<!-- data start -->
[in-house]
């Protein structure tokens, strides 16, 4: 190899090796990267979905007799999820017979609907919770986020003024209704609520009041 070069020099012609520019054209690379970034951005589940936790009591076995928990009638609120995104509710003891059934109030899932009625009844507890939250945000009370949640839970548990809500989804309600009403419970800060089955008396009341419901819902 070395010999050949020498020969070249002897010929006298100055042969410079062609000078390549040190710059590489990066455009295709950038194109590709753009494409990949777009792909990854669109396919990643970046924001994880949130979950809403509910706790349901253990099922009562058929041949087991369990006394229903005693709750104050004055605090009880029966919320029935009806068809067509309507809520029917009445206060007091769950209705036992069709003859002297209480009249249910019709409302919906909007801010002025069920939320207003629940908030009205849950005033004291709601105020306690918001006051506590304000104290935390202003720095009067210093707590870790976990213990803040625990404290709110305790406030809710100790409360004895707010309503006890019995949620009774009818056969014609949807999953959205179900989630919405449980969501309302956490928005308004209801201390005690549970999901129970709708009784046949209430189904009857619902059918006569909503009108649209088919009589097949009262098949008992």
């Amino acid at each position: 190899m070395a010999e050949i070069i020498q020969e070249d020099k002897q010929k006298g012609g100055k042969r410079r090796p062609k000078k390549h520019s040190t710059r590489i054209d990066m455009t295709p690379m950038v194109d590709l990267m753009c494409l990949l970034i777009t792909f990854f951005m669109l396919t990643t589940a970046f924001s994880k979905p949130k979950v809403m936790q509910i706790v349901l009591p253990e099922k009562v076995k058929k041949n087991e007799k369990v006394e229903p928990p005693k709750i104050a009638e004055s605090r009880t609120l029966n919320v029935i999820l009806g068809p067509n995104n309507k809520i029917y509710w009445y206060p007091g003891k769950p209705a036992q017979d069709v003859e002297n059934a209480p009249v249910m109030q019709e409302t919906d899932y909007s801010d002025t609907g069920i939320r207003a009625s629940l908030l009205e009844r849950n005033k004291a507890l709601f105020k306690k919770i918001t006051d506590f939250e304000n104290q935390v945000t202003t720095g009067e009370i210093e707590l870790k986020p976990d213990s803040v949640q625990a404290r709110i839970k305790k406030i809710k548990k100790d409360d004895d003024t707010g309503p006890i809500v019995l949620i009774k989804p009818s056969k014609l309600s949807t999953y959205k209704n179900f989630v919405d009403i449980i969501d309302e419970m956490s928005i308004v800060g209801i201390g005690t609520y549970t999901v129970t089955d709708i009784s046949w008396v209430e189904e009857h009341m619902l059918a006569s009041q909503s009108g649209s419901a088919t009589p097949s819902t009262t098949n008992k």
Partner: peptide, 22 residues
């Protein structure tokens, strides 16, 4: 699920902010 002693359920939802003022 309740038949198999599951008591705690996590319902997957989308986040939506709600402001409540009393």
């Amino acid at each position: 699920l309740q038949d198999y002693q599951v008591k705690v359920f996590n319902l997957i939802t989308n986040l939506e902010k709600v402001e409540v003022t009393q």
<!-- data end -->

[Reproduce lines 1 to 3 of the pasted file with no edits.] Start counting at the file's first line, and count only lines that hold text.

[in-house]
């Protein structure tokens, strides 16, 4: 190899090796990267979905007799999820017979609907919770986020003024209704609520009041 070069020099012609520019054209690379970034951005589940936790009591076995928990009638609120995104509710003891059934109030899932009625009844507890939250945000009370949640839970548990809500989804309600009403419970800060089955008396009341419901819902 070395010999050949020498020969070249002897010929006298100055042969410079062609000078390549040190710059590489990066455009295709950038194109590709753009494409990949777009792909990854669109396919990643970046924001994880949130979950809403509910706790349901253990099922009562058929041949087991369990006394229903005693709750104050004055605090009880029966919320029935009806068809067509309507809520029917009445206060007091769950209705036992069709003859002297209480009249249910019709409302919906909007801010002025069920939320207003629940908030009205849950005033004291709601105020306690918001006051506590304000104290935390202003720095009067210093707590870790976990213990803040625990404290709110305790406030809710100790409360004895707010309503006890019995949620009774009818056969014609949807999953959205179900989630919405449980969501309302956490928005308004209801201390005690549970999901129970709708009784046949209430189904009857619902059918006569909503009108649209088919009589097949009262098949008992």
């Amino acid at each position: 190899m070395a010999e050949i070069i020498q020969e070249d020099k002897q010929k006298g012609g100055k042969r410079r090796p062609k000078k390549h520019s040190t710059r590489i054209d990066m455009t295709p690379m950038v194109d590709l990267m753009c494409l990949l970034i777009t792909f990854f951005m669109l396919t990643t589940a970046f924001s994880k979905p949130k979950v809403m936790q509910i706790v349901l009591p253990e099922k009562v076995k058929k041949n087991e007799k369990v006394e229903p928990p005693k709750i104050a009638e004055s605090r009880t609120l029966n919320v029935i999820l009806g068809p067509n995104n309507k809520i029917y509710w009445y206060p007091g003891k769950p209705a036992q017979d069709v003859e002297n059934a209480p009249v249910m109030q019709e409302t919906d899932y909007s801010d002025t609907g069920i939320r207003a009625s629940l908030l009205e009844r849950n005033k004291a507890l709601f105020k306690k919770i918001t006051d506590f939250e304000n104290q935390v945000t202003t720095g009067e009370i210093e707590l870790k986020p976990d213990s803040v949640q625990a404290r709110i839970k305790k406030i809710k548990k100790d409360d004895d003024t707010g309503p006890i809500v019995l949620i009774k989804p009818s056969k014609l309600s949807t999953y959205k209704n179900f989630v919405d009403i449980i969501d309302e419970m956490s928005i308004v800060g209801i201390g005690t609520y549970t999901v129970t089955d709708i009784s046949w008396v209430e189904e009857h009341m619902l059918a006569s009041q909503s009108g649209s419901a088919t009589p097949s819902t009262t098949n008992k």